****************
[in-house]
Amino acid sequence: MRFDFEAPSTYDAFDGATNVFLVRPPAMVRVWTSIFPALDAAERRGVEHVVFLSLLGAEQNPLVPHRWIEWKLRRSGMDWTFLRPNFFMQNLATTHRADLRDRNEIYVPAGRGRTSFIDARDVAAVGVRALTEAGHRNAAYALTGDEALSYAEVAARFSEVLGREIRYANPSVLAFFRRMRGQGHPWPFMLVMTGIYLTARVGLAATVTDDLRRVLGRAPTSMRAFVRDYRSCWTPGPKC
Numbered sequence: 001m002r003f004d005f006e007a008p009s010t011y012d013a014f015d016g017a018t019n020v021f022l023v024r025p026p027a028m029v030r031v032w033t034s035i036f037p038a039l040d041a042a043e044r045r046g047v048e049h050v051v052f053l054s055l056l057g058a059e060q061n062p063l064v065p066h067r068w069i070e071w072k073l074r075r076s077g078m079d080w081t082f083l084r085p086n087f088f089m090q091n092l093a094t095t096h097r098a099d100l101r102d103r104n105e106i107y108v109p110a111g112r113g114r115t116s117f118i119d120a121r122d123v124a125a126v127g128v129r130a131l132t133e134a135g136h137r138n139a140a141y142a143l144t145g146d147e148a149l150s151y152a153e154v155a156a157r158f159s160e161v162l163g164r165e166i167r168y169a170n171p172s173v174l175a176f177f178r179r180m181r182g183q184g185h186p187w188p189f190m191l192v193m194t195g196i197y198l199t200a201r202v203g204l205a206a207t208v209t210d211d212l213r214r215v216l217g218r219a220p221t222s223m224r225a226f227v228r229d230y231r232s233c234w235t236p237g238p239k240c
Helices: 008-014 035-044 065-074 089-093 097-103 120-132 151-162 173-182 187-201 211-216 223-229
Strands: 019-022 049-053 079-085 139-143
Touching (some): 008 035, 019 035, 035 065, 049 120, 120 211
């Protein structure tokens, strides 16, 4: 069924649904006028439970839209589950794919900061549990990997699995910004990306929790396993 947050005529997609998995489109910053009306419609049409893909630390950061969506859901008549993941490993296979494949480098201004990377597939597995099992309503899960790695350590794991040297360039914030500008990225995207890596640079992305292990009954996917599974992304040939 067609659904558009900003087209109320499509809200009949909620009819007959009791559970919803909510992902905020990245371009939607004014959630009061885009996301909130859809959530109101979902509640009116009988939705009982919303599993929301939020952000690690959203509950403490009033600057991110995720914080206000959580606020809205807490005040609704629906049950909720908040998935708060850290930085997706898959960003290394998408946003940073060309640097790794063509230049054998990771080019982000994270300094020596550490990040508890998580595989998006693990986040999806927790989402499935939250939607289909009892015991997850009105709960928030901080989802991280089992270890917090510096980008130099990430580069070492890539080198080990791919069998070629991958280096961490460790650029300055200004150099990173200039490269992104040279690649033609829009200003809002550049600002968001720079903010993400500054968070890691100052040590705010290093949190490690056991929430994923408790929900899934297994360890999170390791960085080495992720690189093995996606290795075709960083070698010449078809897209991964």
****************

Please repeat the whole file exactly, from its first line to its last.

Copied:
[in-house]
Amino acid sequence: MRFDFEAPSTYDAFDGATNVFLVRPPAMVRVWTSIFPALDAAERRGVEHVVFLSLLGAEQNPLVPHRWIEWKLRRSGMDWTFLRPNFFMQNLATTHRADLRDRNEIYVPAGRGRTSFIDARDVAAVGVRALTEAGHRNAAYALTGDEALSYAEVAARFSEVLGREIRYANPSVLAFFRRMRGQGHPWPFMLVMTGIYLTARVGLAATVTDDLRRVLGRAPTSMRAFVRDYRSCWTPGPKC
Numbered sequence: 001m002r003f004d005f006e007a008p009s010t011y012d013a014f015d016g017a018t019n020v021f022l023v024r025p026p027a028m029v030r031v032w033t034s035i036f037p038a039l040d041a042a043e044r045r046g047v048e049h050v051v052f053l054s055l056l057g058a059e060q061n062p063l064v065p066h067r068w069i070e071w072k073l074r075r076s077g078m079d080w081t082f083l084r085p086n087f088f089m090q091n092l093a094t095t096h097r098a099d100l101r102d103r104n105e106i107y108v109p110a111g112r113g114r115t116s117f118i119d120a121r122d123v124a125a126v127g128v129r130a131l132t133e134a135g136h137r138n139a140a141y142a143l144t145g146d147e148a149l150s151y152a153e154v155a156a157r158f159s160e161v162l163g164r165e166i167r168y169a170n171p172s173v174l175a176f177f178r179r180m181r182g183q184g185h186p187w188p189f190m191l192v193m194t195g196i197y198l199t200a201r202v203g204l205a206a207t208v209t210d211d212l213r214r215v216l217g218r219a220p221t222s223m224r225a226f227v228r229d230y231r232s233c234w235t236p237g238p239k240c
Helices: 008-014 035-044 065-074 089-093 097-103 120-132 151-162 173-182 187-201 211-216 223-229
Strands: 019-022 049-053 079-085 139-143
Touching (some): 008 035, 019 035, 035 065, 049 120, 120 211
């Protein structure tokens, strides 16, 4: 069924649904006028439970839209589950794919900061549990990997699995910004990306929790396993 947050005529997609998995489109910053009306419609049409893909630390950061969506859901008549993941490993296979494949480098201004990377597939597995099992309503899960790695350590794991040297360039914030500008990225995207890596640079992305292990009954996917599974992304040939 067609659904558009900003087209109320499509809200009949909620009819007959009791559970919803909510992902905020990245371009939607004014959630009061885009996301909130859809959530109101979902509640009116009988939705009982919303599993929301939020952000690690959203509950403490009033600057991110995720914080206000959580606020809205807490005040609704629906049950909720908040998935708060850290930085997706898959960003290394998408946003940073060309640097790794063509230049054998990771080019982000994270300094020596550490990040508890998580595989998006693990986040999806927790989402499935939250939607289909009892015991997850009105709960928030901080989802991280089992270890917090510096980008130099990430580069070492890539080198080990791919069998070629991958280096961490460790650029300055200004150099990173200039490269992104040279690649033609829009200003809002550049600002968001720079903010993400500054968070890691100052040590705010290093949190490690056991929430994923408790929900899934297994360890999170390791960085080495992720690189093995996606290795075709960083070698010449078809897209991964």